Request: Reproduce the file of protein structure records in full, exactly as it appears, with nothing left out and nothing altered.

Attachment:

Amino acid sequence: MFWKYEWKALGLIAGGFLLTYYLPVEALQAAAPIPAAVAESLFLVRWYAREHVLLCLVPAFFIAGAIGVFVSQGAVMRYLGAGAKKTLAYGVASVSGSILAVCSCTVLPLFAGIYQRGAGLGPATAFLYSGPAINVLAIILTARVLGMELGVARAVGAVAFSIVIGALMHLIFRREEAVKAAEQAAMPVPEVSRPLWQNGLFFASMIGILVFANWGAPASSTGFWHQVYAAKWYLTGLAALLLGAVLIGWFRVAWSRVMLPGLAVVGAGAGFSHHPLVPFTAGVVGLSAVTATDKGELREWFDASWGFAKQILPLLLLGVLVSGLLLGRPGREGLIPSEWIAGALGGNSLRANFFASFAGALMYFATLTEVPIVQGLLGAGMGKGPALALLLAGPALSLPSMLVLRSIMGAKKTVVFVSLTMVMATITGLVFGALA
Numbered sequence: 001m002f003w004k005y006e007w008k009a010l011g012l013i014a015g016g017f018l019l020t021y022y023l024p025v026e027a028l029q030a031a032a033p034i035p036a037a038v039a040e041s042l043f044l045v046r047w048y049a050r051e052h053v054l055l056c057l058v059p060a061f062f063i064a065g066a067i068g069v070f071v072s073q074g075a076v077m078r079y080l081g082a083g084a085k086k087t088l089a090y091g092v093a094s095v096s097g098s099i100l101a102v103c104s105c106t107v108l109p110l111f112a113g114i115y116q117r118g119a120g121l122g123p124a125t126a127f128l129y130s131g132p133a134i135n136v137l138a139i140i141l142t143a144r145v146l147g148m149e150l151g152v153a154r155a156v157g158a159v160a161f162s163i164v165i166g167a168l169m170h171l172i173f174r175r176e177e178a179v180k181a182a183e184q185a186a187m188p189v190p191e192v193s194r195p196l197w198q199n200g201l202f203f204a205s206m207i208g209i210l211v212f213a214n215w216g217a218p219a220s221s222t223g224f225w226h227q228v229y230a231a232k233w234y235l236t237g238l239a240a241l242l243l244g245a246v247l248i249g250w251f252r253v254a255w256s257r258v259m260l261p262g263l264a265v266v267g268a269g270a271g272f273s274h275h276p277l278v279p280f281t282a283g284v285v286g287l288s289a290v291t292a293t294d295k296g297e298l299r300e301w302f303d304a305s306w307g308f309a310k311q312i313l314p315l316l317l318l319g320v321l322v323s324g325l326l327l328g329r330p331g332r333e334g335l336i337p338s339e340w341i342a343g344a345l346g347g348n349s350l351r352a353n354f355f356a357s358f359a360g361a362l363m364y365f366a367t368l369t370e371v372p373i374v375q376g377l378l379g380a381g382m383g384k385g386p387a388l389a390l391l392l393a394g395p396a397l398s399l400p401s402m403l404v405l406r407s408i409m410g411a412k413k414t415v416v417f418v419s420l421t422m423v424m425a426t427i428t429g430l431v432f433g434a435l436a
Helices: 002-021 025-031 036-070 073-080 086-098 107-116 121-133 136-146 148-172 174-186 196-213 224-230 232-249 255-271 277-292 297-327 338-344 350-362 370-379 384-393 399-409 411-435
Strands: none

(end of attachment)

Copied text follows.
Amino acid sequence: MFWKYEWKALGLIAGGFLLTYYLPVEALQAAAPIPAAVAESLFLVRWYAREHVLLCLVPAFFIAGAIGVFVSQGAVMRYLGAGAKKTLAYGVASVSGSILAVCSCTVLPLFAGIYQRGAGLGPATAFLYSGPAINVLAIILTARVLGMELGVARAVGAVAFSIVIGALMHLIFRREEAVKAAEQAAMPVPEVSRPLWQNGLFFASMIGILVFANWGAPASSTGFWHQVYAAKWYLTGLAALLLGAVLIGWFRVAWSRVMLPGLAVVGAGAGFSHHPLVPFTAGVVGLSAVTATDKGELREWFDASWGFAKQILPLLLLGVLVSGLLLGRPGREGLIPSEWIAGALGGNSLRANFFASFAGALMYFATLTEVPIVQGLLGAGMGKGPALALLLAGPALSLPSMLVLRSIMGAKKTVVFVSLTMVMATITGLVFGALA
Numbered sequence: 001m002f003w004k005y006e007w008k009a010l011g012l013i014a015g016g017f018l019l020t021y022y023l024p025v026e027a028l029q030a031a032a033p034i035p036a037a038v039a040e041s042l043f044l045v046r047w048y049a050r051e052h053v054l055l056c057l058v059p060a061f062f063i064a065g066a067i068g069v070f071v072s073q074g075a076v077m078r079y080l081g082a083g084a085k086k087t088l089a090y091g092v093a094s095v096s097g098s099i100l101a102v103c104s105c106t107v108l109p110l111f112a113g114i115y116q117r118g119a120g121l122g123p124a125t126a127f128l129y130s131g132p133a134i135n136v137l138a139i140i141l142t143a144r145v146l147g148m149e150l151g152v153a154r155a156v157g158a159v160a161f162s163i164v165i166g167a168l169m170h171l172i173f174r175r176e177e178a179v180k181a182a183e184q185a186a187m188p189v190p191e192v193s194r195p196l197w198q199n200g201l202f203f204a205s206m207i208g209i210l211v212f213a214n215w216g217a218p219a220s221s222t223g224f225w226h227q228v229y230a231a232k233w234y235l236t237g238l239a240a241l242l243l244g245a246v247l248i249g250w251f252r253v254a255w256s257r258v259m260l261p262g263l264a265v266v267g268a269g270a271g272f273s274h275h276p277l278v279p280f281t282a283g284v285v286g287l288s289a290v291t292a293t294d295k296g297e298l299r300e301w302f303d304a305s306w307g308f309a310k311q312i313l314p315l316l317l318l319g320v321l322v323s324g325l326l327l328g329r330p331g332r333e334g335l336i337p338s339e340w341i342a343g344a345l346g347g348n349s350l351r352a353n354f355f356a357s358f359a360g361a362l363m364y365f366a367t368l369t370e371v372p373i374v375q376g377l378l379g380a381g382m383g384k385g386p387a388l389a390l391l392l393a394g395p396a397l398s399l400p401s402m403l404v405l406r407s408i409m410g411a412k413k414t415v416v417f418v419s420l421t422m423v424m425a426t427i428t429g430l431v432f433g434a435l436a
Helices: 002-021 025-031 036-070 073-080 086-098 107-116 121-133 136-146 148-172 174-186 196-213 224-230 232-249 255-271 277-292 297-327 338-344 350-362 370-379 384-393 399-409 411-435
Strands: none